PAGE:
condition but themselves not enough. e.g. Refined
sugar, time, bacteria for caries
• The effect of two or more causes acting together is often
greater than would be expected on the basis of individual
• Two or more causes acting together to amplify (greater than
additive) the intensity of the effect produced.
• E.g. risk of cancer in smokers exposed to asbestos is greater
than the summation of effect of each of the factors.
ESTABLISHING THE CAUSE OF A DISEASE
• Causal inference is the term used for the process of
determining whether observed associations are likely to
be causal; the use of guidelines and the making of
judgments are involved.
• Before an association is assessed for the possibility that it
is causal, other ,explanations such as chance, bias and
confounding have to be excluded.
COULD IT BE DUE
TO SELECTION OR
COULD IT BE
COULD IT BE A
COULD IT BE
GUIDELINES FOR CAUSATION
• Bradford Hill (1965) suggested that the following aspects of an
association be considered in attempting to distinguish causal
from non-causal associations:
Dose response relationship
Judging the evidence
• refers to the necessity for a cause to precede an effect in time.
• This is usually self-evident, although difficulties may arise in
case-control and cross sectional studies when measurements
of the possible cause and effect are made at the same time
and the effect may in fact alter the exposure.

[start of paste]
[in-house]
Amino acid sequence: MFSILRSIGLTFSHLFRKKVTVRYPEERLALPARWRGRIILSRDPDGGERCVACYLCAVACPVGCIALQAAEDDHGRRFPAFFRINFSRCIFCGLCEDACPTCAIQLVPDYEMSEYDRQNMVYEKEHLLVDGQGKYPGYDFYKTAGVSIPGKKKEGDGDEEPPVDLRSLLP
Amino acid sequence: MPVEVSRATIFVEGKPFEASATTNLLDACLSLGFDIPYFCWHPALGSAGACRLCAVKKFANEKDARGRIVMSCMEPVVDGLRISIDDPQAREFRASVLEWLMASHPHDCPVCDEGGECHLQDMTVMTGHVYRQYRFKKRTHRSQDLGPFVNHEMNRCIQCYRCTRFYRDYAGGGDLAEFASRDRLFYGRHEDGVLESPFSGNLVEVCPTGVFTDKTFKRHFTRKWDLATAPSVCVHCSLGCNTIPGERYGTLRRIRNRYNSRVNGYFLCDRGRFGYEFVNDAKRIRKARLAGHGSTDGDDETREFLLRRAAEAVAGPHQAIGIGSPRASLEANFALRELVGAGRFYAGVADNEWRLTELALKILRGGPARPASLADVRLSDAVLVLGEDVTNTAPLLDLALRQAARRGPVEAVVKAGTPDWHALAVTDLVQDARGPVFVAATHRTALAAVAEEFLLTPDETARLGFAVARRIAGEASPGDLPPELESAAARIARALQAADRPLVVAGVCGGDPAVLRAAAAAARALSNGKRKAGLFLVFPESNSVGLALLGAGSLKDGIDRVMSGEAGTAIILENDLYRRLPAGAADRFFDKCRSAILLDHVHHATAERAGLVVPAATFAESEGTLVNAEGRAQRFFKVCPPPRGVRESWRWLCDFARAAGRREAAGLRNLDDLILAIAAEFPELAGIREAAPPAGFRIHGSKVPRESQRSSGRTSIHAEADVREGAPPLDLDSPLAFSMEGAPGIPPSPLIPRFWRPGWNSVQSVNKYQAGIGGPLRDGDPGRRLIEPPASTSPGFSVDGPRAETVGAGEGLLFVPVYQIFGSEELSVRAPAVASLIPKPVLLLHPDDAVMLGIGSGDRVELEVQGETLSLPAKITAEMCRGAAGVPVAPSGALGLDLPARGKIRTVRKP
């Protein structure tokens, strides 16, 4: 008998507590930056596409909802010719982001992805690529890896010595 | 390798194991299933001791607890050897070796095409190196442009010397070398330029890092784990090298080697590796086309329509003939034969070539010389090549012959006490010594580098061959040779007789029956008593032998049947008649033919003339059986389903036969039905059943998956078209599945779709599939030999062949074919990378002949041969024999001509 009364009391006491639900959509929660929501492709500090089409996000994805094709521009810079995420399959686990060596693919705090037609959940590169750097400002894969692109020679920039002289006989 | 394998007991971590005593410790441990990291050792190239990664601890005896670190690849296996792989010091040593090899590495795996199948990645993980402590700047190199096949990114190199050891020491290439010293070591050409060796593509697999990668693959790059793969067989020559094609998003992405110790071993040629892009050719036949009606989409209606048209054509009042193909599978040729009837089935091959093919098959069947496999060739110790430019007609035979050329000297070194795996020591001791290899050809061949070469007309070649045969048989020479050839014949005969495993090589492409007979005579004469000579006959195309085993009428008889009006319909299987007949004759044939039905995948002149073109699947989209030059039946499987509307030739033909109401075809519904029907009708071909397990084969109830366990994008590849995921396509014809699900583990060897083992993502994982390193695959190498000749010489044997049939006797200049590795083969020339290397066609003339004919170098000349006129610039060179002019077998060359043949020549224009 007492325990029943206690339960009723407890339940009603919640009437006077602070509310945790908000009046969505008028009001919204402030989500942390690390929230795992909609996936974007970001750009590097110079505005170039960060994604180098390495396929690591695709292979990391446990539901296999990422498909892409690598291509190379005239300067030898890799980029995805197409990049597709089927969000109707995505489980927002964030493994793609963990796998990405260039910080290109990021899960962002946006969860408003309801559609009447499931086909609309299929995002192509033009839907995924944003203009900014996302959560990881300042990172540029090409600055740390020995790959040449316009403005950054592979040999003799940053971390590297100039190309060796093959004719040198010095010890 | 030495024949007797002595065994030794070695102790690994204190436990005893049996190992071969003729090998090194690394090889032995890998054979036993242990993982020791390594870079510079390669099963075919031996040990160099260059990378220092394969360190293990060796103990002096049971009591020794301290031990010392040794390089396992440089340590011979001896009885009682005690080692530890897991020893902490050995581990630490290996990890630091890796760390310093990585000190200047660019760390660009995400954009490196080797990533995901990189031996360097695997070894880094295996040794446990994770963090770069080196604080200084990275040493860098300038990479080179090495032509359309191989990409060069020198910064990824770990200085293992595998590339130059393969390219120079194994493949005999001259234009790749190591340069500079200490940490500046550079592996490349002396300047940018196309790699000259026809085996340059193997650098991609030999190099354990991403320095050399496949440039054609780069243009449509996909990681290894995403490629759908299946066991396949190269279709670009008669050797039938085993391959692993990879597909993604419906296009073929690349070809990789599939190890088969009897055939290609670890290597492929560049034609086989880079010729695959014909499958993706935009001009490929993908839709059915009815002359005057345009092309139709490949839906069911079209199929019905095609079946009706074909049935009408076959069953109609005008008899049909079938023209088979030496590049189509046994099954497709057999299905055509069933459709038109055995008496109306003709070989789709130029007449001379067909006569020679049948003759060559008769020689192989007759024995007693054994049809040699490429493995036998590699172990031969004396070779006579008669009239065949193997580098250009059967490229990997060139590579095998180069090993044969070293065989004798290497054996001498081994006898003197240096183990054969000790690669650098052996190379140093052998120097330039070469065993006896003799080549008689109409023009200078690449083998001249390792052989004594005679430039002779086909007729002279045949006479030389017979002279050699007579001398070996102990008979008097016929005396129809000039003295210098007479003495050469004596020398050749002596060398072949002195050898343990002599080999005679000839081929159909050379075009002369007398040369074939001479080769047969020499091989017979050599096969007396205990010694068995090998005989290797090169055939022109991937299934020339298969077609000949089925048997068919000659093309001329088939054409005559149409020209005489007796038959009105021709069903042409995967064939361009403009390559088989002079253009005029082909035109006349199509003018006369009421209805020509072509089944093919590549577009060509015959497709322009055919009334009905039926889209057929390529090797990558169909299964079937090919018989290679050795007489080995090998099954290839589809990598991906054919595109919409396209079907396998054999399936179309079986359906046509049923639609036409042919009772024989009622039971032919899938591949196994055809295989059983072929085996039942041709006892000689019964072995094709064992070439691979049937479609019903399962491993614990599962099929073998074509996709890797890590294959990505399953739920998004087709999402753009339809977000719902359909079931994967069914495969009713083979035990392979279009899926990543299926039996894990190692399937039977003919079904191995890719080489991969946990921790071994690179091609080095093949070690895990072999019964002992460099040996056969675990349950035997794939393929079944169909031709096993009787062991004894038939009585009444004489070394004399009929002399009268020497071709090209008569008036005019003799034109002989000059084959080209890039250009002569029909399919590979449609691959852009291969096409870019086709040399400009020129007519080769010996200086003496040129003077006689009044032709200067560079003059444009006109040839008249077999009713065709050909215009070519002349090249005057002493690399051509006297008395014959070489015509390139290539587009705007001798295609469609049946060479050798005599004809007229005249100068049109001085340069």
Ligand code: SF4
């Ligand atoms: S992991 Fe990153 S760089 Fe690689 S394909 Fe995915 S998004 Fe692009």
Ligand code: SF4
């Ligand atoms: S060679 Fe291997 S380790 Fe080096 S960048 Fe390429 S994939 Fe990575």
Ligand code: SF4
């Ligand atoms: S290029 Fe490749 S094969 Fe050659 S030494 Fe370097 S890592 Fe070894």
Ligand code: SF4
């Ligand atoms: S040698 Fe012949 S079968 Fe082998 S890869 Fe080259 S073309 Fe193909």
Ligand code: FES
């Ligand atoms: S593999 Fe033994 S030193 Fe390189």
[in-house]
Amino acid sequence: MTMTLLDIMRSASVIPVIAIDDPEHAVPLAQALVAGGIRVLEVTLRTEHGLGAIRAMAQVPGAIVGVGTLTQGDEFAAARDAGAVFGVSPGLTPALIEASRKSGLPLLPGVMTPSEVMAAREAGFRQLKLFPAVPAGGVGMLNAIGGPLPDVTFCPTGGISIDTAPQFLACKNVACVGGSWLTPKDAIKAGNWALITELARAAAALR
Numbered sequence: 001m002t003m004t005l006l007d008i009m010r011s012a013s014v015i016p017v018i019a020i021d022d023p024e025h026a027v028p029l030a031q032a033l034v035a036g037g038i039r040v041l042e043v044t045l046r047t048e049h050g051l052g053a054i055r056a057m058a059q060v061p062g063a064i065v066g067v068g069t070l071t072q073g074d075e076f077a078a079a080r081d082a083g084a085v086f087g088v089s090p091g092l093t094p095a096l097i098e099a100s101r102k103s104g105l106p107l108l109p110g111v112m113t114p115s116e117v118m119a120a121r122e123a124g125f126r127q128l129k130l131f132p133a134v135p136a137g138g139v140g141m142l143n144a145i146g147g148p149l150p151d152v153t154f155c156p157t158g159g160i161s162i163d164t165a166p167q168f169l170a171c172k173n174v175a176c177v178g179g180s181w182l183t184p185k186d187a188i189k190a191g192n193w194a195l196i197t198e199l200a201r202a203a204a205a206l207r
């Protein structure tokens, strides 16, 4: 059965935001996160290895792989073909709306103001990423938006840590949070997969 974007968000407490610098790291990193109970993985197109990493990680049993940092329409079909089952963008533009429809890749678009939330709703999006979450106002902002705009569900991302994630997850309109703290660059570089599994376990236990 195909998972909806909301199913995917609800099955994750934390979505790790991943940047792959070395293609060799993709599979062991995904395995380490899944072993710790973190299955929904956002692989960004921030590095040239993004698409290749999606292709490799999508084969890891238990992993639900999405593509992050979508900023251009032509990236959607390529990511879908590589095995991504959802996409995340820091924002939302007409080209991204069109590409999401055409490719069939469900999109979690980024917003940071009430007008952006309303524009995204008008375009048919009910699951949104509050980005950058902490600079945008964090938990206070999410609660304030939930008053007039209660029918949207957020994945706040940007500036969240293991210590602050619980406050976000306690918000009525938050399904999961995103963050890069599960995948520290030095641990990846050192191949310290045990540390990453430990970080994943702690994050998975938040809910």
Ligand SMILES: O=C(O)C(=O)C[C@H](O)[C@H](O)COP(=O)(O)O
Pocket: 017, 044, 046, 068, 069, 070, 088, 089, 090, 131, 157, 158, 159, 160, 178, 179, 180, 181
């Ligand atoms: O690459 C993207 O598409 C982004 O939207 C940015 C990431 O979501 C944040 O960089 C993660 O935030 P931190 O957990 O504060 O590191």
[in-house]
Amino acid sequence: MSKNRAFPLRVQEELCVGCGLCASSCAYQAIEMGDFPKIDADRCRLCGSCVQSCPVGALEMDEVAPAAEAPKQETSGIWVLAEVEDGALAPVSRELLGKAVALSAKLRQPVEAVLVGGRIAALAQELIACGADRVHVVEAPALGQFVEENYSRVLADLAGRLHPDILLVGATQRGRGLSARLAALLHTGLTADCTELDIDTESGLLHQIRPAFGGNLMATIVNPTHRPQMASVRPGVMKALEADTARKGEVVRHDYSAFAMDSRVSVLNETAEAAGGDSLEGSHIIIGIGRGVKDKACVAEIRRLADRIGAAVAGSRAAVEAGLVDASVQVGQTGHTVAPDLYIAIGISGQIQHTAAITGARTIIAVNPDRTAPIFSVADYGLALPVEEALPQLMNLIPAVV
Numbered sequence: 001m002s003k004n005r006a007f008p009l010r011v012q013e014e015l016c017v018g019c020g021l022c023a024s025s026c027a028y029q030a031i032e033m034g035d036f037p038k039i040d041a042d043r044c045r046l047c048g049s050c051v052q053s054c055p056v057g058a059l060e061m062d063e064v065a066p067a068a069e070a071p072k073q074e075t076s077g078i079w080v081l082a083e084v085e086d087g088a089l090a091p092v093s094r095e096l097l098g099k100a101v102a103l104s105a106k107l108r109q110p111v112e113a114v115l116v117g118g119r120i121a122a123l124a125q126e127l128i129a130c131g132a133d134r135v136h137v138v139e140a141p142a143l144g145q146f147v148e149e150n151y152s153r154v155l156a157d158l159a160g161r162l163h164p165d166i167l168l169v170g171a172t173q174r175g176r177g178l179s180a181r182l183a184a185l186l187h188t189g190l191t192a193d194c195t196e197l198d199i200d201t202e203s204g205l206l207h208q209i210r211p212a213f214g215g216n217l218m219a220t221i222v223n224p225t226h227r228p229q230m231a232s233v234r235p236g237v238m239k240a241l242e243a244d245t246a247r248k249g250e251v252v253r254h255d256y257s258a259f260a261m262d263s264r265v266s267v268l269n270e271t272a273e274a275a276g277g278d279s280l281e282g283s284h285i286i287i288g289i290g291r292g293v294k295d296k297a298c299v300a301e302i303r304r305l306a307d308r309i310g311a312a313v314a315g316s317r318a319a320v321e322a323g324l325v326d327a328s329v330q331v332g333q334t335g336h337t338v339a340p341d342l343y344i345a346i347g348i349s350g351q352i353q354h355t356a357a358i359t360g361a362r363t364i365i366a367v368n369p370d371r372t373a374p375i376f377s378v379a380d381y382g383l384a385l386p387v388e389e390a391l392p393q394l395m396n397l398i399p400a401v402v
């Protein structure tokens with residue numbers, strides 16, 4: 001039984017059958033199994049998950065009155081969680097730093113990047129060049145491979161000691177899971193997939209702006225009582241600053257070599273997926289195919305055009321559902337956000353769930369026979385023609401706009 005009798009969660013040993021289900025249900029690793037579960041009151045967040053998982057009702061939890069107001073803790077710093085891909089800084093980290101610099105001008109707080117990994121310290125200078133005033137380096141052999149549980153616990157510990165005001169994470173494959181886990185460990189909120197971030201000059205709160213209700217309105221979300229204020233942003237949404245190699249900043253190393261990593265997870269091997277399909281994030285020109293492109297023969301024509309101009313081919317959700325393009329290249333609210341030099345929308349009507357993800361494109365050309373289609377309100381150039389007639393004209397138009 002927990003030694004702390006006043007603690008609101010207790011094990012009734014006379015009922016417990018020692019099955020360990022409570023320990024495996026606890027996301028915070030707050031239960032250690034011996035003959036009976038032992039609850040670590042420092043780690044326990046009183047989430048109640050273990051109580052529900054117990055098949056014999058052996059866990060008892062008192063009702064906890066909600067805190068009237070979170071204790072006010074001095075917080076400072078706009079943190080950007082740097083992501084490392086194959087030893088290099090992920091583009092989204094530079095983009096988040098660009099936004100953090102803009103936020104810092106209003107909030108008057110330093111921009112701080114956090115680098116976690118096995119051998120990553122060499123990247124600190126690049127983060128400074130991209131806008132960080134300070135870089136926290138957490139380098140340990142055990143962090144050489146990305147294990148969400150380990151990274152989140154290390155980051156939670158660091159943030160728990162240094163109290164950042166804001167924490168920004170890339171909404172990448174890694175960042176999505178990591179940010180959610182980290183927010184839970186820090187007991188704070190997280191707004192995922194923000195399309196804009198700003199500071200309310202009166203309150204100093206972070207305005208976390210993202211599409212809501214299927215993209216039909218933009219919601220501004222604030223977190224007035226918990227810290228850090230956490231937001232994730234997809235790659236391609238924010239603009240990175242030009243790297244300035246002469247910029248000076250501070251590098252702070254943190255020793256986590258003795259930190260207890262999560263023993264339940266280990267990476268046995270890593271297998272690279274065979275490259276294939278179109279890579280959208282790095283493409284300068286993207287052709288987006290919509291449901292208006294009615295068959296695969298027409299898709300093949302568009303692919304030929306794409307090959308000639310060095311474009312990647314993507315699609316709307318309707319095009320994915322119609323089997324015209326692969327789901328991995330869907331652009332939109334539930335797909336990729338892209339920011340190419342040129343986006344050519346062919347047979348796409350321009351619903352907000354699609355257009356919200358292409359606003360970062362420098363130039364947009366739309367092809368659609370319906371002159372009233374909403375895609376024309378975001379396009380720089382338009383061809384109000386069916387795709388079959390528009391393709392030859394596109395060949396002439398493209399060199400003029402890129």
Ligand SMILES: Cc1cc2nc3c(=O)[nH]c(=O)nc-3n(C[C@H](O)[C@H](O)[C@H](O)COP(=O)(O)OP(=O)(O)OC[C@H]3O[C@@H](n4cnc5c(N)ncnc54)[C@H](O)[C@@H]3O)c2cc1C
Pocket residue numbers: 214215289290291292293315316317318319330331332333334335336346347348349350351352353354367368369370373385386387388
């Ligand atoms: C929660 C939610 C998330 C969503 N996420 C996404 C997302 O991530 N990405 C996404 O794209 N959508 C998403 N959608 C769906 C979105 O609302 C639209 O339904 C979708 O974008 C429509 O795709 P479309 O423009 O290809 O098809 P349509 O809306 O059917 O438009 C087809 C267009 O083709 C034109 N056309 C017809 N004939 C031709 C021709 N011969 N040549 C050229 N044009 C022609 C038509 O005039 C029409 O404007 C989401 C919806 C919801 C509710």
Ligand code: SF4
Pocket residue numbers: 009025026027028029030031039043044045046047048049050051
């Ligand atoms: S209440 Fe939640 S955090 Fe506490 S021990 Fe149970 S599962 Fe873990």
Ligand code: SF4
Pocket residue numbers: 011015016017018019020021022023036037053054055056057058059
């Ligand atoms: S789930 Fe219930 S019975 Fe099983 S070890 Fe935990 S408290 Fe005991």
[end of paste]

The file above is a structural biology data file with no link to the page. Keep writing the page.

• E.g. use of seat belt
• An association is plausible and more likely causal if
consistent with other knowledge.
• Problem with plausibility: it is too often not based on logic
or data, but only on prior beliefs. Lack of which may be a
simple reflection of medical knowledge.
Refers to the repeated observation of an association in
different populations under different circumstances
obtained from different studies.
• Lack of consistency, however, does not rule out a causal
association, because different exposure levels and other
conditions may reduce the impact of the causal factor in
• Hill’s argument is that strong association between
possible cause and effect are more likely to be causal than
weak associations .
The fact that an association is weak does not rule out a
causal connection. example would be passive smoking
and lung cancer.
• A dose-response relationship occurs when changes in the
level of a possible cause are associated with changes in
the prevalence or incidence of the effect
• when the removal of a possible cause results in a reduced
disease risk, the likelihood of the association being causal
• Cessation of smoking reduces the risk of developing lung
JUDGING THE EVIDENCE
• There’s no completely reliable means of establishing a causal
relationship and sometimes evidence can be conflicting. To
make a causal inference, all available evidence must be
• Correct Temporal relationship is very essential before other
criteria are considered (plausibility, consistency and doseresponse relationship). The likelihood of a causal association
is heightened when many different types of evidence lead to
the same conclusion
• The knowledge of causation is an integral part of
epidemiology as it enables us to make the proper
diagnosis, formulate the correct treatment plan and take
necessary measures in the prevention of a certain disease.